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Two For One

Thursday, March 13th, 2014

Photos by Skott Snider

Pairing the rustic romance of an Italian villa alongside the dreamlike vibrancy of urban Hong Kong is no easy feat. We talked with the three principals of LA's Studio Collective—Adam Goldstein, Leslie Kale, and Christian Schulz—about the process of splitting one big restaurant into separate eateries Chi Lin and Rivabella. 

DB: How did you come up with the concept?

CS: The idea actually came from the client. The existing space was a well known restaurant in L.A. out on Sunset Boulevard and the client [Innovative Dining Group] wanted to break it into two concepts because it was a really big space. Because of the nature of the lease and various technical reasons, they had to maintain one kitchen, so they came to us and said hey, we’ll give you two projects at once. 

IDG came to us with the idea of creating one Italian concept and one Chinese concept. Both restaurants had different chef partners and offered different types of services and IDG was very clear that they wanted each concept to have its own distinct look and feel, almost as if they actually had different owners. 

DB: How would you describe each of the aesthetics? 

AG: Rivabella is a modern spin on a traditional Tuscan villa with more contemporary furnishings—light, bright, airy, and a little bit warmer. It takes advantage of a large outdoor patio with a retractable awning that allows for true al fresco dining. It has a great Southern Californian indoor/outdoor feel to it.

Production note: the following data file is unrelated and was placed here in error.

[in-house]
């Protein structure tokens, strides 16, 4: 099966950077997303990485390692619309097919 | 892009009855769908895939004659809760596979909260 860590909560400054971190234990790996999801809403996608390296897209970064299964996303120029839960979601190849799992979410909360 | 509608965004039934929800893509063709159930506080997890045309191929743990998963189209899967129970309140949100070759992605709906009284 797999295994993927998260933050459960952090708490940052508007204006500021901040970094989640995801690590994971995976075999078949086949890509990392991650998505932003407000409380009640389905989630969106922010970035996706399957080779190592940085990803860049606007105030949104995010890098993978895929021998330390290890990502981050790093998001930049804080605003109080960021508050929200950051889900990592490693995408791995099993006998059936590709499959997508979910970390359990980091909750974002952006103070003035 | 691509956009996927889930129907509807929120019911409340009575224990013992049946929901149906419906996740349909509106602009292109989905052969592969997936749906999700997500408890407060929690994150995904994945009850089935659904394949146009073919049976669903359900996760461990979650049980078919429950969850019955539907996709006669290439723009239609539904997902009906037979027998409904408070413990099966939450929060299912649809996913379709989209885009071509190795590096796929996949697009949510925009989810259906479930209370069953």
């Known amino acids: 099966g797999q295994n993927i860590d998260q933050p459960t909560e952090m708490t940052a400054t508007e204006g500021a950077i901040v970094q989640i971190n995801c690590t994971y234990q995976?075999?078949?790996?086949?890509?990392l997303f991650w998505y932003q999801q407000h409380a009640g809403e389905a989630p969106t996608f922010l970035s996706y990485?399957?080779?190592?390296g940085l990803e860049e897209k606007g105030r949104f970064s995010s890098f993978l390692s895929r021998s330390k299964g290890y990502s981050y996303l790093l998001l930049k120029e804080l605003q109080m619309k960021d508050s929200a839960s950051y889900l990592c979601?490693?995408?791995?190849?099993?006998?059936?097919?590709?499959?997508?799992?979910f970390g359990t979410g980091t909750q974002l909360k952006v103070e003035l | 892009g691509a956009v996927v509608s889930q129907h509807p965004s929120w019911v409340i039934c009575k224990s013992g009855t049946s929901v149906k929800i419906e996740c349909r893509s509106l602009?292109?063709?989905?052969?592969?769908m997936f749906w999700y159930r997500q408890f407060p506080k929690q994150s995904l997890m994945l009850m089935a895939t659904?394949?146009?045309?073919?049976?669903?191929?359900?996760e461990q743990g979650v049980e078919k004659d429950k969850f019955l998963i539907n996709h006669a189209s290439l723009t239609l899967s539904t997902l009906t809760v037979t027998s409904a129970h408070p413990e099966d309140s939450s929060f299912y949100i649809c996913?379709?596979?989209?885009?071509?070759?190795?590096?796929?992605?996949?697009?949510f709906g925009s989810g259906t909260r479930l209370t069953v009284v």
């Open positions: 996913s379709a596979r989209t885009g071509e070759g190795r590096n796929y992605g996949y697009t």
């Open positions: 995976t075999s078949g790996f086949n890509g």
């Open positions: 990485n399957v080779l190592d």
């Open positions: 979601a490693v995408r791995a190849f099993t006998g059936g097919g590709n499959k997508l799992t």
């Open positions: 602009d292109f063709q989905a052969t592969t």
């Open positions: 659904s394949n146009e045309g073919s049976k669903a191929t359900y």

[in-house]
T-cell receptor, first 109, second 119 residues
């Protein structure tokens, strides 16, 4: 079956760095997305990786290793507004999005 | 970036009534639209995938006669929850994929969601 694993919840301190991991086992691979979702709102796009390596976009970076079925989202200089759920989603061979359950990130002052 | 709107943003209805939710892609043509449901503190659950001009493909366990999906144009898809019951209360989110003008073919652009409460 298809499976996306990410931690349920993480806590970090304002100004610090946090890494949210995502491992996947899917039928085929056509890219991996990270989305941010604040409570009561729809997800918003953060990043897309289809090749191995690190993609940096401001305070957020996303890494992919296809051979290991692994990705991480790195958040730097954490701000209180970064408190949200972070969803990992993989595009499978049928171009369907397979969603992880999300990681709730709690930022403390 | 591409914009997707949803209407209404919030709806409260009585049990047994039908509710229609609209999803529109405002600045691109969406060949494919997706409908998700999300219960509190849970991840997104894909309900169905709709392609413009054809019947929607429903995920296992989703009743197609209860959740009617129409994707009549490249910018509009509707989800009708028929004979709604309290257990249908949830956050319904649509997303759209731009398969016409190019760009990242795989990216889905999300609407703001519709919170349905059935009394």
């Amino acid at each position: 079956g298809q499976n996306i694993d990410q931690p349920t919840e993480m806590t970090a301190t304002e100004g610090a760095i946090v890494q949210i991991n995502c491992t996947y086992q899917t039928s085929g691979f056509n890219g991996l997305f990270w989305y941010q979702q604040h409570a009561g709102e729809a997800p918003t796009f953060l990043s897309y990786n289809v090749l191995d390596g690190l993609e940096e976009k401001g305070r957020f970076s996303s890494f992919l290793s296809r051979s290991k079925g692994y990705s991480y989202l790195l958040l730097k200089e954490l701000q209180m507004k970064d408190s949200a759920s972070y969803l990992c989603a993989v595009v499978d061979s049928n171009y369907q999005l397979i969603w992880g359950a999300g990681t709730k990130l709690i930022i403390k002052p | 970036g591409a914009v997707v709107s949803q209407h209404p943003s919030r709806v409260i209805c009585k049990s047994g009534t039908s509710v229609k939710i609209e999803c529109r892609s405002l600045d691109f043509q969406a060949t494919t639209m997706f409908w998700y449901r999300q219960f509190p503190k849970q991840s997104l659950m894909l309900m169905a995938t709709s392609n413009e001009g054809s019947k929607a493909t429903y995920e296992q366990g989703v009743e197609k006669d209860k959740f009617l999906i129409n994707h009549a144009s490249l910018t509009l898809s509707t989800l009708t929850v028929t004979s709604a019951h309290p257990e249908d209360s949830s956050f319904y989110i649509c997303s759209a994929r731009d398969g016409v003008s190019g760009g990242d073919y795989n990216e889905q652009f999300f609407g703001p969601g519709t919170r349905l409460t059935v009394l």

Chi Lin is more inward focused; it’s nighttime only, dark and sexy. It’s meant to take you to another place and time. We took a lot of our design cues from Hong Kong, which was the chef’s hometown; once you’re in the space it’s meant to evoke more of a dream world.

LK: All of the furniture for both projects is custom and was manufactured using local vendors with the exception of the 300 authentic lanterns that were fabricated especially for Chi Lin in China. 

AG: For Chi Lin, [the clients] came to us with an image of the opening scene of the movie Inception which is this dream sequence of a very traditional Chinese dining hall featuring a lot of reflective surfaces. You’re not sure if you’re awake or in a dream, and that was sort of their jumping-off point, so we took that and ran with it. 

DB: What are your favorite details?

CS: We all have our own favorites. For Rivabella, Leslie found a travel diary at a local thrift store. It was written by an American who traveled through Italy in the ’20s and [wrote in] beautiful cursive penmanship about their travels. We thought it was really romantic. 

We like the hand being eminent in all our work whether it’s artwork or the craftsmanship. So we took various pages that had interesting passages and had them blown up by a bookmaker and framed on the wall and then Leslie made these really beautiful leather straps that hang the pictures on the wall. It’s a nice little moment that you discover.

At Chi Lin, we knew we wanted to do these 3-D boxes but we didn’t know the coloring or idea, so Leslie and [local artist] Jocelyn Marsh did a series of mock-ups and created these 3-D infinity boxes. At first we weren’t sure how they would turn out but once we developed the storyline behind them and simplified the direction inside, they became these really ethereal beautiful 3-D mirrorscapes. As you’re sitting in the booth and you have a moment between conversation, you turn your head and you notice that they’re con- stantly moving. They’re really dynamic. 

 

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